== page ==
Monday, February 9, 2009

Becoming Un-Jane

"Becoming Jane" ended with a caption that said, "Jane Austen went on to write six of the greatest novels in the English Language." The suckiness that goes into that useless and wrong capitalization of "Language" is reflected throughout the movie. I know, surprise surprise--listen, I like to give these things a chance.

If one put aside historical realities, the movie became merely one of those vapid creations that so often pass for romantic comedies. It was chock-full of approbation for disobeying parents, disregarding prudence, and generally disavowing reason and intelligence.

If you didn't put aside historical realities, of course, you'd find lots more things to be offended by: the number of times Jane takes off her hat in public, how she runs around and plays cricket with the boys, how she's making out with her boytoy beneath that tree in some lady's garden.

The best thing about the movie is that it didn't end happily. I don't mean that vindictively, I swear. I mean that the (historically-forced) ending alone shows a sense of independence from the typical romantic-comedy script--that sense of independence which Jane (in theory) values so very much. That it is missing from the rest of the film--with Jane falling unselfconsciously as she does for the village heartthrob and following him stumblingly from one end of England to the other--is perhaps not a surprise, but no less aggravating as a result. We are left with a sense that this isn't the true Jane, the one with the wit and the shrewd whistle-blowing on middle-high society. The one that's more Dr. Johnson than the Misses Brontë.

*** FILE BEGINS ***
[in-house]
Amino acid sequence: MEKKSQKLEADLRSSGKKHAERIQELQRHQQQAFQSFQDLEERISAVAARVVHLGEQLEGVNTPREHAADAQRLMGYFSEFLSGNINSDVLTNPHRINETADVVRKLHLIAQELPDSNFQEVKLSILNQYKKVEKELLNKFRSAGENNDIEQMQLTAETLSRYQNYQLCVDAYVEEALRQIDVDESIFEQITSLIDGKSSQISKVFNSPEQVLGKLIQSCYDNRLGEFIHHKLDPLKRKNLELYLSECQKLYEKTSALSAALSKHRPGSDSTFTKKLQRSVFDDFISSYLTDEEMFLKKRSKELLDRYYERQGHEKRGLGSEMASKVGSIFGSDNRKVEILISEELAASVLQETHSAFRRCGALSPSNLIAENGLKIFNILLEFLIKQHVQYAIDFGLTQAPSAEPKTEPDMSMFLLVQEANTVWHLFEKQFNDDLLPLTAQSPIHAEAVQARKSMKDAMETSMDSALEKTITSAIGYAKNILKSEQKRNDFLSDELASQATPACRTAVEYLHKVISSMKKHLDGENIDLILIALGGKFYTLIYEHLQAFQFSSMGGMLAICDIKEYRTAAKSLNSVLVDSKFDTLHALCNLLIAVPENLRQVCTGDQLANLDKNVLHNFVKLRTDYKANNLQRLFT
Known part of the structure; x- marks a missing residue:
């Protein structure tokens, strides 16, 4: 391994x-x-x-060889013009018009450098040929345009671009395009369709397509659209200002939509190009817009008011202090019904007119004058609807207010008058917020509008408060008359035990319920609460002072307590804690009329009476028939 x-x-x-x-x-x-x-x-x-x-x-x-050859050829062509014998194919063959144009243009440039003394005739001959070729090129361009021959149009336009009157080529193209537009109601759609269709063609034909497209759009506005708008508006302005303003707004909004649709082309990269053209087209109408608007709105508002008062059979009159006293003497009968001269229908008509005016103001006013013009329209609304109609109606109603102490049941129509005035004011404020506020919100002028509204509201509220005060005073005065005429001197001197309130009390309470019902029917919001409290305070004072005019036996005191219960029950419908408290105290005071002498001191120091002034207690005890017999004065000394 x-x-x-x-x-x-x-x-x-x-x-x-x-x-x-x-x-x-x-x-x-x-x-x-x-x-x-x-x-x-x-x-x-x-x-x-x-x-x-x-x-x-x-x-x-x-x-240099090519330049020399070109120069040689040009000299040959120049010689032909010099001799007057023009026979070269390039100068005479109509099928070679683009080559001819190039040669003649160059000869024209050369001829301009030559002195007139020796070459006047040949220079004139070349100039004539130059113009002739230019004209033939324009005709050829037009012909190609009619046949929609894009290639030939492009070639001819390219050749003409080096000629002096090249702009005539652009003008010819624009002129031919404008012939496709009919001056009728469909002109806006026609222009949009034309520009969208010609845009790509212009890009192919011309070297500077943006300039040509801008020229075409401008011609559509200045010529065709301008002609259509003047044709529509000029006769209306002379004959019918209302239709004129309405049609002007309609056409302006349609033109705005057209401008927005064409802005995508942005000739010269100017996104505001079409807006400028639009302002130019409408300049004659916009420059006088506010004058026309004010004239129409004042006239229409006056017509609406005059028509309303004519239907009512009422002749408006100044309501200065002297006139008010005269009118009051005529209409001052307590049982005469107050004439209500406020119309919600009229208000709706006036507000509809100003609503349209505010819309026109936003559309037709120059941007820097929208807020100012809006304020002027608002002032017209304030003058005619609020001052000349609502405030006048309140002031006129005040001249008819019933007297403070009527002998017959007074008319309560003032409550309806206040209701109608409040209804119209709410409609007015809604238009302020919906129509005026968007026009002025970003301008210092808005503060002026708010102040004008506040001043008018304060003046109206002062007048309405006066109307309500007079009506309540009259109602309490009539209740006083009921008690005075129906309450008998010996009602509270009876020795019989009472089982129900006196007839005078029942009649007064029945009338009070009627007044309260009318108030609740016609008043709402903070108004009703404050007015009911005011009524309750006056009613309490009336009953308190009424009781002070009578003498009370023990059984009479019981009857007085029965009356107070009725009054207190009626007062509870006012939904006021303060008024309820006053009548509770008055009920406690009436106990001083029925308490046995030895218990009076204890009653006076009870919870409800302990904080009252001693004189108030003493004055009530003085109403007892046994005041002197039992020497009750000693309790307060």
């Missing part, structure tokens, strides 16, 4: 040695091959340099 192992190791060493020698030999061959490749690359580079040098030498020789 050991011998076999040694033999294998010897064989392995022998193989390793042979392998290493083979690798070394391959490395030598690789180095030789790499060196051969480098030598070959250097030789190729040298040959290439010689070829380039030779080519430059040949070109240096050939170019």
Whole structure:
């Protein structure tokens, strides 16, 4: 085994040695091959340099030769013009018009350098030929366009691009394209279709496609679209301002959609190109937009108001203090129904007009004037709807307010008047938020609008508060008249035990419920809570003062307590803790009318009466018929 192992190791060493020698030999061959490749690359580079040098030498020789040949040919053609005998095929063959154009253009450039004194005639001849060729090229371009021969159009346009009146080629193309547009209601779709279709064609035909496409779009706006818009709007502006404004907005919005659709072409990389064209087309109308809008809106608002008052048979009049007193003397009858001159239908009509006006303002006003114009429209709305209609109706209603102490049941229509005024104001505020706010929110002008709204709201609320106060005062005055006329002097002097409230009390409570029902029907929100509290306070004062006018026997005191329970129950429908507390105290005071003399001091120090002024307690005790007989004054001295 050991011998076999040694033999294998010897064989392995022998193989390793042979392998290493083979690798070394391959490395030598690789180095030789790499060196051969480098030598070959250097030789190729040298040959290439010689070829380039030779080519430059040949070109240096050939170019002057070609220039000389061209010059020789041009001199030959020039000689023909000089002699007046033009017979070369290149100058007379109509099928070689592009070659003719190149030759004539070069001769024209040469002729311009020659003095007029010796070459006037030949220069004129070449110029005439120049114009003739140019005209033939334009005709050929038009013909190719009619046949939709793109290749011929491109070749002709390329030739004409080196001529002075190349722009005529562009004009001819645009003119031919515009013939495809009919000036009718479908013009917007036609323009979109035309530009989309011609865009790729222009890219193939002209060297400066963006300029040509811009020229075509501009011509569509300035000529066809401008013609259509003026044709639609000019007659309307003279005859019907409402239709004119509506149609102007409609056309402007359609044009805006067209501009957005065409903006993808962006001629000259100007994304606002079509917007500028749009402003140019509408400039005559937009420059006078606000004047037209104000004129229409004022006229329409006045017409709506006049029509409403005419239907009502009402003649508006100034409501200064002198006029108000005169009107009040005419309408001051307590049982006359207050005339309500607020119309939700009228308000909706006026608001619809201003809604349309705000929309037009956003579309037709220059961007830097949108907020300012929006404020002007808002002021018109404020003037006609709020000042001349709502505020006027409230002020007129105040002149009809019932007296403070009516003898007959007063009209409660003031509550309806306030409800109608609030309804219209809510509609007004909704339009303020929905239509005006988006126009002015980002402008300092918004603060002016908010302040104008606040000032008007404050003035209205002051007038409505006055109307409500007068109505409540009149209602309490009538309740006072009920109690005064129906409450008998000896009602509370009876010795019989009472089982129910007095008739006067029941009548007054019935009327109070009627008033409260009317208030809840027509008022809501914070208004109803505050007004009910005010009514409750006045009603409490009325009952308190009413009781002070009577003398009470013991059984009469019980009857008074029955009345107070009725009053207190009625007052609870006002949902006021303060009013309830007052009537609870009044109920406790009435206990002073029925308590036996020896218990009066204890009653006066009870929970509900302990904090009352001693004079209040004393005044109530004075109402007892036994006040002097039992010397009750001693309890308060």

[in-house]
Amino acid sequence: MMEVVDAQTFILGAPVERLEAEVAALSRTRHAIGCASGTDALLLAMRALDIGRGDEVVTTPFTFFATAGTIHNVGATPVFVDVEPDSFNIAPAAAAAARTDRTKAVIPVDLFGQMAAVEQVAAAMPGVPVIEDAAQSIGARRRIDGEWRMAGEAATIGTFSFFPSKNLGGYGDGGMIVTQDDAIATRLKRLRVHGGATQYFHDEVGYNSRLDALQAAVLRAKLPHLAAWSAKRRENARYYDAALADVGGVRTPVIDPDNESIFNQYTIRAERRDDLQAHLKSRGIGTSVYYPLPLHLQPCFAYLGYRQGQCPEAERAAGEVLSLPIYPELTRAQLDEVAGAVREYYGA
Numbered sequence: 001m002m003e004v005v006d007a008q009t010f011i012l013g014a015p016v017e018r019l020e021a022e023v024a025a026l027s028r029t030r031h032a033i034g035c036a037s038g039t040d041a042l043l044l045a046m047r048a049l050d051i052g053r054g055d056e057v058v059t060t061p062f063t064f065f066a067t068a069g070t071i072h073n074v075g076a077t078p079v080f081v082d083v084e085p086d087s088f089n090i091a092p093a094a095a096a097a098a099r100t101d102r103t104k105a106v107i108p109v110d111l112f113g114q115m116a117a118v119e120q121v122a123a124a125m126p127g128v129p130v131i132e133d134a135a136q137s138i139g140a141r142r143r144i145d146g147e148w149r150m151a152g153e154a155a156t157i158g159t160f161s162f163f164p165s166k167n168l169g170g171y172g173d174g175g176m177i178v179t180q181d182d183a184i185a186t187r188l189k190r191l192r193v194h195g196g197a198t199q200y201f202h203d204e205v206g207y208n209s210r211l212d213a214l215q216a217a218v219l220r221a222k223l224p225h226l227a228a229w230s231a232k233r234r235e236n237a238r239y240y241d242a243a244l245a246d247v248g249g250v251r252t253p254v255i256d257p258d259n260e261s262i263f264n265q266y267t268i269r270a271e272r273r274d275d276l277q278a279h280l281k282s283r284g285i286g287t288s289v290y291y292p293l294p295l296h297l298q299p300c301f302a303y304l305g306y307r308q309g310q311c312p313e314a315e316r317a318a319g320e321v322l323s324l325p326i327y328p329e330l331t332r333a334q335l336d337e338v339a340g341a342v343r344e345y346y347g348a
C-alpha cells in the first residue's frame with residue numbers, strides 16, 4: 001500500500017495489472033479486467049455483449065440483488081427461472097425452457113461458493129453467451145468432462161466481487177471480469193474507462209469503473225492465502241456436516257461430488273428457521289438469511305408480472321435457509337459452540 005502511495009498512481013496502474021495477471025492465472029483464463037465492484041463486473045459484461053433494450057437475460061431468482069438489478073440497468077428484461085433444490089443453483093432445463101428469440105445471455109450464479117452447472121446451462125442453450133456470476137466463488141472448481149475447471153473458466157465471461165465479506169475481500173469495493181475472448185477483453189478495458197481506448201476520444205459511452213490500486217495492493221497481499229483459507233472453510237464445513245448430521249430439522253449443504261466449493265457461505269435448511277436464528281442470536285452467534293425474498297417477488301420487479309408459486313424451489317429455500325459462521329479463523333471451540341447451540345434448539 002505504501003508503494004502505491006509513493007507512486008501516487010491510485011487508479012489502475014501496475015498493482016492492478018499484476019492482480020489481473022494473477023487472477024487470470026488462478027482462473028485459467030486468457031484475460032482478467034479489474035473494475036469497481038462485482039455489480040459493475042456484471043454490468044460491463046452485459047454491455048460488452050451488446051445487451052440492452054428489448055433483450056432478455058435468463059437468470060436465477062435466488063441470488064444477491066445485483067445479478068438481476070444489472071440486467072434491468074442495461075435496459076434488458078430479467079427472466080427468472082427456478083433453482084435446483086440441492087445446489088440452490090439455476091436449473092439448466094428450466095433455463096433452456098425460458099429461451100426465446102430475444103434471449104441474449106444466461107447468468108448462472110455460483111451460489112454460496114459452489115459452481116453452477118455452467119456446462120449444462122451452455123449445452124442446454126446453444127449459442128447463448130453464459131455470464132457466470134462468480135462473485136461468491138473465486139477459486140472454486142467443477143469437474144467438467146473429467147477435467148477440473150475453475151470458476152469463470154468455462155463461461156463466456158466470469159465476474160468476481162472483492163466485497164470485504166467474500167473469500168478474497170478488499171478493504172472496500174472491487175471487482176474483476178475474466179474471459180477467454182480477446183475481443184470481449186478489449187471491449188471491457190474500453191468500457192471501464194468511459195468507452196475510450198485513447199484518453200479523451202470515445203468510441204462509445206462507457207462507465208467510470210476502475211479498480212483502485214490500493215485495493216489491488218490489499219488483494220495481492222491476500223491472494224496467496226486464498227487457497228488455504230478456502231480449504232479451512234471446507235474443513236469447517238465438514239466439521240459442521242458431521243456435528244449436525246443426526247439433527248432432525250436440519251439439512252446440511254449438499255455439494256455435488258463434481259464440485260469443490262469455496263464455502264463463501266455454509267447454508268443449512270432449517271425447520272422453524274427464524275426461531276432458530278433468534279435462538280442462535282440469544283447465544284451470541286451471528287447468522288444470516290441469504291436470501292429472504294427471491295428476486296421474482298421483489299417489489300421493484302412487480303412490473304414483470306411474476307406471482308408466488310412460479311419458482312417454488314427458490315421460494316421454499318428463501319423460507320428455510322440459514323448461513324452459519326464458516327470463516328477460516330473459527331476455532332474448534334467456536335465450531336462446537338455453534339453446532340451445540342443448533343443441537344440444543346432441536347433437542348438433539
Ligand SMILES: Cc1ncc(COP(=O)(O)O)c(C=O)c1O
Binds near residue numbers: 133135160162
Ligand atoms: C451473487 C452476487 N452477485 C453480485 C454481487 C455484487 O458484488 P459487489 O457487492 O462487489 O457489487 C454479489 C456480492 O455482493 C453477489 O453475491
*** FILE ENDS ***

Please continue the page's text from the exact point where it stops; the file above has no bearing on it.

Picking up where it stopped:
If it's this wrong about its heroine, how do we know how much of Jane's history the movie presents is actually true? How can we use it to add any kind of zing to our reading of her novels? What's the point of this movie???

True, I am sure that Jane wrote her heroines to act as she *wished* she acted, and not as she in reality did. Lizzie Bennett's wit is sharper and Eleanor Dashwood's heart is steadier than Jane's, most likely. Jane herself was likely correcting her foibles by the successes of her leading ladies. But if that were the point that this movie were trying to make, it needed to make it more deliberately and not, as I suspect, by pure accident.

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